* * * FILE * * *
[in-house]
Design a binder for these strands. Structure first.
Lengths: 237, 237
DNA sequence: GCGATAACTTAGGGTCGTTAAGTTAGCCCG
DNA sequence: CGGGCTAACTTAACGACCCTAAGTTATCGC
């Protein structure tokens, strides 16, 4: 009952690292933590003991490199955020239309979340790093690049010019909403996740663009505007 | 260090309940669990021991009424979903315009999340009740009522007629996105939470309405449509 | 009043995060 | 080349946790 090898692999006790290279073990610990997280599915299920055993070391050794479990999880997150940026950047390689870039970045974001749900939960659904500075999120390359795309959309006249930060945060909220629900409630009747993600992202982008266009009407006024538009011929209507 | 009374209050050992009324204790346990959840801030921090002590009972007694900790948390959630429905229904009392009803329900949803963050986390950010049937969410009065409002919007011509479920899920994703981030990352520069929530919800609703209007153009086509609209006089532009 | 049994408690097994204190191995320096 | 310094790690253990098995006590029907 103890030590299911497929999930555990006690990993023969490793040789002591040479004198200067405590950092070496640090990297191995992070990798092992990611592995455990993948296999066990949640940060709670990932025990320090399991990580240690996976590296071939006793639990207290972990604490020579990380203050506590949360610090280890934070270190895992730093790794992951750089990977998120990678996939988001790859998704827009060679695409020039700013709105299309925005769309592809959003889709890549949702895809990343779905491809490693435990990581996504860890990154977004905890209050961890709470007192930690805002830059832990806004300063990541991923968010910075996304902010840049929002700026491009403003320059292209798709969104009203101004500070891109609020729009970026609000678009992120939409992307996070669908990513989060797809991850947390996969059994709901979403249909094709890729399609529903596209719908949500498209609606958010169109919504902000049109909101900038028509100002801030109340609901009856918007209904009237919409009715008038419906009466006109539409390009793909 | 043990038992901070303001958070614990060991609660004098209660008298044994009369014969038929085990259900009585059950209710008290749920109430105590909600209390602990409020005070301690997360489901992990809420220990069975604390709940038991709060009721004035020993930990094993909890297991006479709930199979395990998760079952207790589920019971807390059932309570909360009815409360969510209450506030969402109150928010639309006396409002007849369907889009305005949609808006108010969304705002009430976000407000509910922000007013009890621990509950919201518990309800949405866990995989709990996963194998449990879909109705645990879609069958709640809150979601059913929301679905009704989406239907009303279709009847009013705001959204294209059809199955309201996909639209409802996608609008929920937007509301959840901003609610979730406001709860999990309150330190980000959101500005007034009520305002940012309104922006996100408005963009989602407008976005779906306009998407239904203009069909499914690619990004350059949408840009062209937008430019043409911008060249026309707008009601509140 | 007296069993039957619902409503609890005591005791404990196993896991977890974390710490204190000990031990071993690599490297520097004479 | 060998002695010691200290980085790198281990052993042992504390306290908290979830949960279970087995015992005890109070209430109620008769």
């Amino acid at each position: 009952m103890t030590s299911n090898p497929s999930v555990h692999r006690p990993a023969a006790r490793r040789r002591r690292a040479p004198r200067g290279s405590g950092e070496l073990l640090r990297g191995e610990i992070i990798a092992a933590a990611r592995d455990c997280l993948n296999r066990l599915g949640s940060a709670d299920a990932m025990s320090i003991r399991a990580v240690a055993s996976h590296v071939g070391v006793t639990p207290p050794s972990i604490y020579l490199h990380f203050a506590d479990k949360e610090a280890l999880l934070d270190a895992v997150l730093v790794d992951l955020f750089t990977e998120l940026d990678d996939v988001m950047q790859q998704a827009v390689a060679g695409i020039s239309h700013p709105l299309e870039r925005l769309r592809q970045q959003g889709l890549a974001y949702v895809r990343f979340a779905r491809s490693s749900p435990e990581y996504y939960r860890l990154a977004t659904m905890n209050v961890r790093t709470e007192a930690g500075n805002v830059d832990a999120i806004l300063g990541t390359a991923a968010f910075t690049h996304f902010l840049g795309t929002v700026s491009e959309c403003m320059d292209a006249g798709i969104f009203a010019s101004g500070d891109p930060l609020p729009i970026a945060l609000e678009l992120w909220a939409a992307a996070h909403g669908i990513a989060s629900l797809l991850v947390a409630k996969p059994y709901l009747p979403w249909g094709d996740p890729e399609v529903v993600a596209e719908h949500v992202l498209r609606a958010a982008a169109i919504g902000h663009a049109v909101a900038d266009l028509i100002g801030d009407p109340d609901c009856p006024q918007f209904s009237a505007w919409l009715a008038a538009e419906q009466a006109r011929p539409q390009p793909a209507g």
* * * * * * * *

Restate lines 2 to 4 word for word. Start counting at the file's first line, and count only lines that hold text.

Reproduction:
Design a binder for these strands. Structure first.
Lengths: 237, 237
DNA sequence: GCGATAACTTAGGGTCGTTAAGTTAGCCCG